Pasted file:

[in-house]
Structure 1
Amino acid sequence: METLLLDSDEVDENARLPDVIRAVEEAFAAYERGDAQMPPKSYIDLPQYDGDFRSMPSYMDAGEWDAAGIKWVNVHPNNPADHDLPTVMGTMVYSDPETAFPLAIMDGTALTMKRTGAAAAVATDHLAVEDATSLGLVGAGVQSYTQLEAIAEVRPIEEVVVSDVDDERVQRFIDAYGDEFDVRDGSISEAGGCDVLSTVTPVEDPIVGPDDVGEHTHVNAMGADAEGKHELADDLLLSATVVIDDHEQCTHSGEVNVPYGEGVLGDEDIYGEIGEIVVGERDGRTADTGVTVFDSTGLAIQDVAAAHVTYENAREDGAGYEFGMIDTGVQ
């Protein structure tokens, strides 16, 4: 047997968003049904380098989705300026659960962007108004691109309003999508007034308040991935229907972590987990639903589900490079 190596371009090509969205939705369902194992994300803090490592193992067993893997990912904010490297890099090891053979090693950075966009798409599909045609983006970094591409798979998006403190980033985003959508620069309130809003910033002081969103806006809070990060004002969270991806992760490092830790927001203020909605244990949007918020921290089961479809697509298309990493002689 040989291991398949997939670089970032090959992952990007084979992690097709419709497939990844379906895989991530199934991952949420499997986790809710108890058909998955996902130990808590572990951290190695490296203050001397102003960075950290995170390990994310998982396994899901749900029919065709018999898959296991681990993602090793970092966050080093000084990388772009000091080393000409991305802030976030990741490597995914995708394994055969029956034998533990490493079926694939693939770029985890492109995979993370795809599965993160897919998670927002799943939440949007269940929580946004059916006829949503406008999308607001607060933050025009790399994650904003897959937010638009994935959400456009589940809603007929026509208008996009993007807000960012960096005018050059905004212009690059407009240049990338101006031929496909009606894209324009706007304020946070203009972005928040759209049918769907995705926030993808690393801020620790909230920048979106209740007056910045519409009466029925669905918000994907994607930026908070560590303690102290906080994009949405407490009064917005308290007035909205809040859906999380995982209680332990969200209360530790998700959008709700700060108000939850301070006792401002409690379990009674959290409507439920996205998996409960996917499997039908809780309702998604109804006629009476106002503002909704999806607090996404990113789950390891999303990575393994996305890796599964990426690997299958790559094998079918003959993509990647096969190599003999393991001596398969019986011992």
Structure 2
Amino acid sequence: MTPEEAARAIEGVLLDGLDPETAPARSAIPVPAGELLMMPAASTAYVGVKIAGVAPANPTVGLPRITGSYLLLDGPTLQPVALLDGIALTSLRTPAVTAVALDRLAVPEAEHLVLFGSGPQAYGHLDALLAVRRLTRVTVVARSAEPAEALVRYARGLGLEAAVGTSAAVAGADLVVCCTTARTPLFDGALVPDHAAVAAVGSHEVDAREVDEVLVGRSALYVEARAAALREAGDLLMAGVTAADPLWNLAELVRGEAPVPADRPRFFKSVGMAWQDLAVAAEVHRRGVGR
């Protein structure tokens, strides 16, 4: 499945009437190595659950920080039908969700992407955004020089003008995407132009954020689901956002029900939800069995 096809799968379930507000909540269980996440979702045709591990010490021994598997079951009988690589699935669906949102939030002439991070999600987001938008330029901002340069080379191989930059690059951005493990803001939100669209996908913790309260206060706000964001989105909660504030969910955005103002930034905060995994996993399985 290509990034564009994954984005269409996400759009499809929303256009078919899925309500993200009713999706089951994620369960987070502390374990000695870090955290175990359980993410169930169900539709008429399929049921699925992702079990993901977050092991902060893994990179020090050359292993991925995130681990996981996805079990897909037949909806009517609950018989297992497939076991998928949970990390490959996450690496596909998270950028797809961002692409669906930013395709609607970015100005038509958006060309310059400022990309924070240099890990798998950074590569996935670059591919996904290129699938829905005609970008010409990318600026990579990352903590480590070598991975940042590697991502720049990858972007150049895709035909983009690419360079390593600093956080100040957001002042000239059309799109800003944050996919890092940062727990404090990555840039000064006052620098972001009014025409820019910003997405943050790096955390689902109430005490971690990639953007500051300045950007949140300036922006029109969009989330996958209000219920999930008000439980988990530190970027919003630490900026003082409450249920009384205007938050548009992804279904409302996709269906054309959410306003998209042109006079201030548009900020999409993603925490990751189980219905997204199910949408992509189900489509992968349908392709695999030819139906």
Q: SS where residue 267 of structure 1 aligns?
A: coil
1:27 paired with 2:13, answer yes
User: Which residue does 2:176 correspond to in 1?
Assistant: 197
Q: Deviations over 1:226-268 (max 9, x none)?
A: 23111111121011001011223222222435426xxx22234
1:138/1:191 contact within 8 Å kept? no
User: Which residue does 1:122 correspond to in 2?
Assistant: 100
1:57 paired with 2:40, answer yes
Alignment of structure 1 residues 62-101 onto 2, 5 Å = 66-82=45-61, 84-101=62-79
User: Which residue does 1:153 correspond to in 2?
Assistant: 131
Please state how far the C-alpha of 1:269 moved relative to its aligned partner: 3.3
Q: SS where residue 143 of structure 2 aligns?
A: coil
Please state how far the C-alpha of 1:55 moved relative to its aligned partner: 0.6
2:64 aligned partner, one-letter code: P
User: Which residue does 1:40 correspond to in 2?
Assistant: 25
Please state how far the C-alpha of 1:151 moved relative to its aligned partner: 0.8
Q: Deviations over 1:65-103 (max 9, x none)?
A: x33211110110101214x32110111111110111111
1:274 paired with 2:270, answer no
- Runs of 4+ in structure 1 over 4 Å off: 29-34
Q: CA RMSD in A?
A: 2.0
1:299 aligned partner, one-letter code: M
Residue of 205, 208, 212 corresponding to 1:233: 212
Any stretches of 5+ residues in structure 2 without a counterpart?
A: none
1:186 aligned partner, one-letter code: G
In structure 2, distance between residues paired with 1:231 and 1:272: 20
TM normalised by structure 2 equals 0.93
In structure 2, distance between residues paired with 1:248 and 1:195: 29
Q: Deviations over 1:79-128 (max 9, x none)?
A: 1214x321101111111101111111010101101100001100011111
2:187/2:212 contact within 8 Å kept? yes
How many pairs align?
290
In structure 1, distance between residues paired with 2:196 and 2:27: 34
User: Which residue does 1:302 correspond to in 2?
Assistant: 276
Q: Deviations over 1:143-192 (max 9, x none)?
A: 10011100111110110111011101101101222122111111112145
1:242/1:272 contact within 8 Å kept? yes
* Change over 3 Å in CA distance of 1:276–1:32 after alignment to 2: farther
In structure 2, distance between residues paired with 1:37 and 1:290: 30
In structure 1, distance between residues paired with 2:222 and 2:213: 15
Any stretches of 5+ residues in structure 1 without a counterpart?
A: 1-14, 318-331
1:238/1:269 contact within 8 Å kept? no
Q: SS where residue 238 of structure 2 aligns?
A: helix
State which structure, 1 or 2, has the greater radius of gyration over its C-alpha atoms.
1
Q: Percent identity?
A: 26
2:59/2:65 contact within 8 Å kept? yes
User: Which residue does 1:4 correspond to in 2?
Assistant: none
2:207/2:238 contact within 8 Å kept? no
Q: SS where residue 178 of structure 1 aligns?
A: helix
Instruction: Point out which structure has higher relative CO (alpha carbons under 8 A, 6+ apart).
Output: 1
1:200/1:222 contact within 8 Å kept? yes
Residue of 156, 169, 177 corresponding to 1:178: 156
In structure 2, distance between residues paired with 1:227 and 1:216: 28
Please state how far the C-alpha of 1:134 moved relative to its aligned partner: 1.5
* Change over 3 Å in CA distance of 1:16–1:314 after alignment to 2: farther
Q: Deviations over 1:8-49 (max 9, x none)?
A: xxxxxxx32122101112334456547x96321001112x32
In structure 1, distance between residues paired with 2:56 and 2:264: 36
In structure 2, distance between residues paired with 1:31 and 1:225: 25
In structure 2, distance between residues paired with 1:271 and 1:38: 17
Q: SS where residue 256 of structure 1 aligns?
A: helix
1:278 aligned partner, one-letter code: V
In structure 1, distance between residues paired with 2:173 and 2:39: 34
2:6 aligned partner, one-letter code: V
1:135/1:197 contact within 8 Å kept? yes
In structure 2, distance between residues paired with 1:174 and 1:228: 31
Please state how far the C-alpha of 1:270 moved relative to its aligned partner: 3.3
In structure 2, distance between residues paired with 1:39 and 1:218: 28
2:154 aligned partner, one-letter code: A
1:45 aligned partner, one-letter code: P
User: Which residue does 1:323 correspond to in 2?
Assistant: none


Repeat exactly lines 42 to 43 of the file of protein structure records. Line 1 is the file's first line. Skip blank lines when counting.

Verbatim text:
TM normalised by structure 2 equals 0.93
In structure 2, distance between residues paired with 1:248 and 1:195: 29